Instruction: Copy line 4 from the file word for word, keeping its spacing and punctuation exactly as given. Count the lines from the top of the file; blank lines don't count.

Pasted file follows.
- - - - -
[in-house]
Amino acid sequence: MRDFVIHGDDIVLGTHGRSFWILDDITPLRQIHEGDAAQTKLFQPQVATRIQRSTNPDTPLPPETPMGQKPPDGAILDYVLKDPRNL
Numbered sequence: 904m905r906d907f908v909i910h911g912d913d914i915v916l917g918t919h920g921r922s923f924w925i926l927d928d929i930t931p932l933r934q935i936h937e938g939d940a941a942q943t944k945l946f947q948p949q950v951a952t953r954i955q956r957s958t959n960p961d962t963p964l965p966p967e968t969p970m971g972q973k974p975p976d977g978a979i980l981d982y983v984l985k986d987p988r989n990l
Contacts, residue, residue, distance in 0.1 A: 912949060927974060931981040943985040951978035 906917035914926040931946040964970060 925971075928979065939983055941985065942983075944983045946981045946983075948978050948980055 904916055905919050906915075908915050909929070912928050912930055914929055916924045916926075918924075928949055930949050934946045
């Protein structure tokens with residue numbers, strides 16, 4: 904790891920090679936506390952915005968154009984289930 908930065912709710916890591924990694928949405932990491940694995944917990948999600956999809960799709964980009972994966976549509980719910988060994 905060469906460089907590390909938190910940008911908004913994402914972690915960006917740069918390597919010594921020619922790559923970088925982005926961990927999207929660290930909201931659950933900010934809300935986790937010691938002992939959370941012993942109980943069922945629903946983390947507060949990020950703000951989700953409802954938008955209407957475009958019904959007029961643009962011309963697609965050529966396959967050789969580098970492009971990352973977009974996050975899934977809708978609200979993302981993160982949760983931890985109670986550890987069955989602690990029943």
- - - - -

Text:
Contacts, residue, residue, distance in 0.1 A: 912949060927974060931981040943985040951978035 906917035914926040931946040964970060 925971075928979065939983055941985065942983075944983045946981045946983075948978050948980055 904916055905919050906915075908915050909929070912928050912930055914929055916924045916926075918924075928949055930949050934946045